Overview of Tilos
Between the cosmopolitan Dodecanese Kos and Rhodes, lies tiny Tilos, one of the less touristic Greek islands, yet to be explored. Few know and appreciate its virtues, among which nature lovers, birdwatchers, free campers and fanatic hikers. Mountainous Tilos is in fact a protected ecological park, part of the Natura 2000 network, with rich flora and fauna, abundant waters and fertile areas. Plus some charming secluded beaches, mostly accessible by boat or foot (walking is the best way to discover the island, anyway).
Still, there’s more interesting stuff: Tilos boasts of many castles and byzantine churches scattered all over, as well as prehistoric fossils of endemic dwarf elephants, which have been discovered in the famed cave of Charcadio. This serene island offers relatively limited but satisfactory tourist infrastructure, while it’s also perfect to relax and enjoy the sea and sun. Tilos has two main settlements: The port of Livadia and the capital of Megalo Chorio. Livadia is a minimal touristic resort with many facilities, a lovely waterfront promenade, Italian era buildings and a beach.
The small and picturesque Megalo Chorio, built at the slopes of a hill, features great views, exquisite island architecture and the trademark medieval castle, among other sights. Other popular spots on Tilos include the atmospheric ghost village of Mikro Chorio, as well as the coastal settlements of Agios Antonios and Eristos, with the beaches of the same name. If you add to the above the truly hospitable people of Tilos, then you’ve got yourself the perfect vacation – take the chance to enjoy everything on this discrete and enchanting Greek island.
: If you fancy a fully organized beach and don’t care much for walking, the beach close to the port of Livadia is ideal for you, offering all amenities at hand. : The longest and most popular beach on the island is sandy, easy to access and features some tamarisk trees, ideal for shade. It’s also free campers’ favorite. It is not organized, but there are a few amenities nearby, such as a tavern, shops and cantina. : Long and narrow seashore with lovely waters and many trees that provide nice shade. Free campers are also fond of this isolated, tranquil beach, which is accessible by car. There are no facilities, so make sure you have your own supplies. : A quiet, scenic pebbly beach with crystalline blue waters. It’s totally worth the 30min walk it takes in order to reach it via a path from the port of Livadia (otherwise, you can take the boat). Needless to say there are no facilities here. : They are among the hardest to access on the island, therefore the caique is highly recommended. Remember to bring supplies.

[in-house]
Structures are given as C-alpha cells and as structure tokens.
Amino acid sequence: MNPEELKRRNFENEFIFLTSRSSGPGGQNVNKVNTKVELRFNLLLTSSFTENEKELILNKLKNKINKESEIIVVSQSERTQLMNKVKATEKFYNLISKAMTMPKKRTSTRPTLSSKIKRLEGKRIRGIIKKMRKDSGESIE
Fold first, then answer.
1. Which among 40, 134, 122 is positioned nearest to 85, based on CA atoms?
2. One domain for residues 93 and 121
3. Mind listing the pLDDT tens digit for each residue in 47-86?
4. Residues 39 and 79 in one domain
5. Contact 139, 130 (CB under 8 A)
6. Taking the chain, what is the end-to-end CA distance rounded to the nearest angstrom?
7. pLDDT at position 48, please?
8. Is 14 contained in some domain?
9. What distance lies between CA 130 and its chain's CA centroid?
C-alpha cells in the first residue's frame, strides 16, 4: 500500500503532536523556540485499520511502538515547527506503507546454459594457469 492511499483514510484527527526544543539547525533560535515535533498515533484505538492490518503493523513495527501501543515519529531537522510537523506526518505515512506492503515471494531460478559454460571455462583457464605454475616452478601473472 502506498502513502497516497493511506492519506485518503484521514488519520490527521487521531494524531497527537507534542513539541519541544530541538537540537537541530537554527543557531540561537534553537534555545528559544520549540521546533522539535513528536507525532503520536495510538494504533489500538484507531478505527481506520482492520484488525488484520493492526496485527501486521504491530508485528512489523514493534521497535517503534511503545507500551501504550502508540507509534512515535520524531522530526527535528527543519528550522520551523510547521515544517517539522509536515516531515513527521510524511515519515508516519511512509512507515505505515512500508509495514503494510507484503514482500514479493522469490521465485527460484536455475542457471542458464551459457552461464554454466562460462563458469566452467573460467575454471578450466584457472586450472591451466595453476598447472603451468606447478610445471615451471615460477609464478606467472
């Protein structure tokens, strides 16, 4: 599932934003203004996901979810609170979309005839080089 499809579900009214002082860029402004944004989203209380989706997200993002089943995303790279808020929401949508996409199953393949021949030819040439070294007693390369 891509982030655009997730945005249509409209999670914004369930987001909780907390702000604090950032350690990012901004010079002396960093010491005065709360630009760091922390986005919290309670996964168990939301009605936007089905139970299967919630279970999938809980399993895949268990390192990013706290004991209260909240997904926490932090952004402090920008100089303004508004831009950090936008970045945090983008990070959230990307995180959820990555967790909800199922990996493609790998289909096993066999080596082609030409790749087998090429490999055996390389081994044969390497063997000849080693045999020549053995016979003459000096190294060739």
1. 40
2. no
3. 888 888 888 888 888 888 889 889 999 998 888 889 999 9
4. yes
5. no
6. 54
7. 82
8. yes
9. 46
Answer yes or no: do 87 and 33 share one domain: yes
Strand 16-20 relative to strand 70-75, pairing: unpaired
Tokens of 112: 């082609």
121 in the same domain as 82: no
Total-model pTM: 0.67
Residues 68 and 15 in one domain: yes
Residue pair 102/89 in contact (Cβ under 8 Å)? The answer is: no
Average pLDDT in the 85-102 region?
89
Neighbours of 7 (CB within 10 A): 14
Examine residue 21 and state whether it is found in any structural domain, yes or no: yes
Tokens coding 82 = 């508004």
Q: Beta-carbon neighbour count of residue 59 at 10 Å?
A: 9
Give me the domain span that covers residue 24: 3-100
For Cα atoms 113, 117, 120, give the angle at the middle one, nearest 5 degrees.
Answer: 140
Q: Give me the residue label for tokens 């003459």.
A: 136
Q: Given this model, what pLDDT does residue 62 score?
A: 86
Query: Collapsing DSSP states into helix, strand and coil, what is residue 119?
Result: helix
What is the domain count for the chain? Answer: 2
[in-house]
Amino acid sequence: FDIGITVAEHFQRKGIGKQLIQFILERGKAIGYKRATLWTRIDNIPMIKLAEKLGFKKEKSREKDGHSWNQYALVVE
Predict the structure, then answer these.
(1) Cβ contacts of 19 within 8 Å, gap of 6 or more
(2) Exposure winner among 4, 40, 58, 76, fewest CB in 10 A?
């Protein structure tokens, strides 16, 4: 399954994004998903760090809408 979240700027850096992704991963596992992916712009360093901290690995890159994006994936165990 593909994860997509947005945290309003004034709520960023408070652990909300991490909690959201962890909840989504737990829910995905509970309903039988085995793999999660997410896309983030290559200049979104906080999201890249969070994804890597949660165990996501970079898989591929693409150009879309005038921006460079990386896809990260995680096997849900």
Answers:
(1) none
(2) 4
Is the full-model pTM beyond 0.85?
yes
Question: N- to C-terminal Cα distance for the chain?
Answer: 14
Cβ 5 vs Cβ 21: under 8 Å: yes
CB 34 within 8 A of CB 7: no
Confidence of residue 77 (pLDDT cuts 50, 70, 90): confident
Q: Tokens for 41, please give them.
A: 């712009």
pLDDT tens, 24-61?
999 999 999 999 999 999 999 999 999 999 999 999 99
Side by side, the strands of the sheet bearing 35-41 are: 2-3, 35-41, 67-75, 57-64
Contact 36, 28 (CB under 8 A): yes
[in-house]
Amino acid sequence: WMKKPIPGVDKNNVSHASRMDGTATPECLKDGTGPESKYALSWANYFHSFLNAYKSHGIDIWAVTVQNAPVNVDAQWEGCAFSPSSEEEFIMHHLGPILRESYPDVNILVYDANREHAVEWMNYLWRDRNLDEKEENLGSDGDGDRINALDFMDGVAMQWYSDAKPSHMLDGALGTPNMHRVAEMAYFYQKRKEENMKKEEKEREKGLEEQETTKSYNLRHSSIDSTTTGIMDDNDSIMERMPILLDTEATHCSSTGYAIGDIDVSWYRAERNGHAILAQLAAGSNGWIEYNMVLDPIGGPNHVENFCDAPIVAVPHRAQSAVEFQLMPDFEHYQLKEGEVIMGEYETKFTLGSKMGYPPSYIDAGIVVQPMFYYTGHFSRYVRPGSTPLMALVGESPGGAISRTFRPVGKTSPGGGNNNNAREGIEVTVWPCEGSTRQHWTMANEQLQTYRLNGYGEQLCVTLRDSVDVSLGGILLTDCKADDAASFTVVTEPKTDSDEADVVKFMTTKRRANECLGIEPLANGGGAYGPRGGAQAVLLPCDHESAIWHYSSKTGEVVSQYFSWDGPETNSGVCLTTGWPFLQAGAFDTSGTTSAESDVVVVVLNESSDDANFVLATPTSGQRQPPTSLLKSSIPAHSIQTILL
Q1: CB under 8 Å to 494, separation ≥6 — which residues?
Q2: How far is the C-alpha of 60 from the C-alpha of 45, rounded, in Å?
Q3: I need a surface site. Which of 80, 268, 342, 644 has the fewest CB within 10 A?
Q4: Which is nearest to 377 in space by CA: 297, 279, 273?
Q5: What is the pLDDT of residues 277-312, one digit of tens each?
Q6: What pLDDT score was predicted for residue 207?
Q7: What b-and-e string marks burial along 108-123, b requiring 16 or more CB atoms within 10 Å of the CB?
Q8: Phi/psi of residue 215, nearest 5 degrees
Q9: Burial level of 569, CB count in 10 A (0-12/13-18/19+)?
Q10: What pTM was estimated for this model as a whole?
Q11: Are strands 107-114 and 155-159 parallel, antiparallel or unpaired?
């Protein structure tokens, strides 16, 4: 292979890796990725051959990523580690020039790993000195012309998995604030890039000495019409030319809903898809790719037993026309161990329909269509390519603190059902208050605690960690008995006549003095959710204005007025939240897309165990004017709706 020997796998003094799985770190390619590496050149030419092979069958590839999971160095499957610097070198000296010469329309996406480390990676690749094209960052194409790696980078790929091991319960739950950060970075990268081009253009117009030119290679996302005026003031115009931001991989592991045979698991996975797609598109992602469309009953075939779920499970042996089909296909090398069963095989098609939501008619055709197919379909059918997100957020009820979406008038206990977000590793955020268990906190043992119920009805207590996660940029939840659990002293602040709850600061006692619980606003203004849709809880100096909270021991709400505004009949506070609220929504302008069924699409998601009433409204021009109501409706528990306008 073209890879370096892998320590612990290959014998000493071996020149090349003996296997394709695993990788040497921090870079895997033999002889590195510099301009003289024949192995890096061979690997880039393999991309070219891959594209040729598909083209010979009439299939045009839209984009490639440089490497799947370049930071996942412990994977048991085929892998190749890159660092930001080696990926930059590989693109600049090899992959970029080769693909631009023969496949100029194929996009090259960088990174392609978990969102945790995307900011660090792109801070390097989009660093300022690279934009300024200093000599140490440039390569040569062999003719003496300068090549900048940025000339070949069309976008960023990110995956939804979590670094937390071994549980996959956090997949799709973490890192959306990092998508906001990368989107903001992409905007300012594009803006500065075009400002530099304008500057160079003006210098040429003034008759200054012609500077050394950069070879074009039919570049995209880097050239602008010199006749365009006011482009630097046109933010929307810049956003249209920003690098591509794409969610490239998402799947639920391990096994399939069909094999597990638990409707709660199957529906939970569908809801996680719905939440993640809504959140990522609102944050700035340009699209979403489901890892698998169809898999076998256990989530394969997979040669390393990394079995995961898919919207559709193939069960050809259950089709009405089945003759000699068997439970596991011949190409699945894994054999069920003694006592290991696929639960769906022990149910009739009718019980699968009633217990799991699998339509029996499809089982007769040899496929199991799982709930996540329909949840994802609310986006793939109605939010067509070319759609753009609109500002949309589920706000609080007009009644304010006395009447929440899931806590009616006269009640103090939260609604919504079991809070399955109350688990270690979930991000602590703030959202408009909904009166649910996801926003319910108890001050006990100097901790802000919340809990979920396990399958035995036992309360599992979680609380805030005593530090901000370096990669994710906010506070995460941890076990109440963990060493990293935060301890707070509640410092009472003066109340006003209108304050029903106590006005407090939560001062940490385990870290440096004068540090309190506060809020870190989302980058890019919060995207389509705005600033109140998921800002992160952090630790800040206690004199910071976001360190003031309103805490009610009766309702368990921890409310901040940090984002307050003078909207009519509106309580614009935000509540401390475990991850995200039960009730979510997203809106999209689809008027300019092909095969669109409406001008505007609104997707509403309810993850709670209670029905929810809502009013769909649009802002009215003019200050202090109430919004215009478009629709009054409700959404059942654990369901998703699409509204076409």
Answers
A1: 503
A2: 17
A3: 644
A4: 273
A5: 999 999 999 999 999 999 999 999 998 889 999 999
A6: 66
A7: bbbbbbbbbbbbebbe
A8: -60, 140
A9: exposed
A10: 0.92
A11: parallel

- Agios Sergios is remote and pristine.
- Tholos is small and pebbly, with imposing red rocks.
- Skafi is isolated, sandy and pebbly. It has no shade.
: Livadia, Greek cuisine. : Livadia, Greek cuisine. : Megalo Chorio,Greek cuisine. : Livadia, Greek cuisine. : Livadia, Greek cuisine.
: Boat connections are available from Tilos to Nisyros, Symi, Chalki and Rhodes (ideal for a day trip), as well as other Dodecanese islands (Astypalea, Kalymnos, Kos and Kastelorizo). : Situated close to the capital of Megalo Chorio, this settlement was founded in the 15th c by the Knights of St John and abandoned in the late 50s (inhabitants fled to developing Livadia). Now it seems forgotten in time, featuring the remains of stone houses and churches, but also a restored chapel, a house-turned to a lively bar and the major feast of Panagia on August 15th. The views from here are among the best on Tilos. : Enjoy the panoramic views from the Castle of the Knights’ of St John, built on the remains of the island’s ancient acropolis at the hilltop above Megalo Chorio (the distance is 20 min on foot). Inside the castle you can see the 14th c church of Taxiarchis, also built on the relics of an ancient temple. The remains of the medieval castles of Agriosykia and Messaria are also worth a visit. : Tilos’ number one pilgrimage centre is located at a very scenic spot on the island, with superb views. This 15th c fortified monastery features some important frescoes, a nice pebbled courtyard and a guest house, among others. A 3-day feast takes place here on July 27th. : This practically includes the island’s protected ecosystem, flora and fauna, which form part of the Natura 2000 network. The non-profit “Tilos Park Association” contributes in promoting the above, with the aim to preserve the island’s natural heritage. : The island’s famed kid goat meat baked in the oven with potatoes, as well as fresh fish and sea food are Tilos’ gastronomic trademarks. You can also try giaprakia (vine leaves stuffed with rice and mince), kavourmas (specially cooked pork meat), tsouvras (tomato soup with rice) and chondro (wheat cooked in water or milk). As for the sweets, have some melekounia (pouches stuffed with almonds and sesame). : Although its interior remains closed to visitors, it’s one of the top attractions on Tilos, thanks to the various prominent paleontological findings discovered here, among which the fossils of dwarf elephants dating from 50.000 to 4.000 years ago. Some of these findings are displayed at the Museum of Paleontology at Megalo Chorio.
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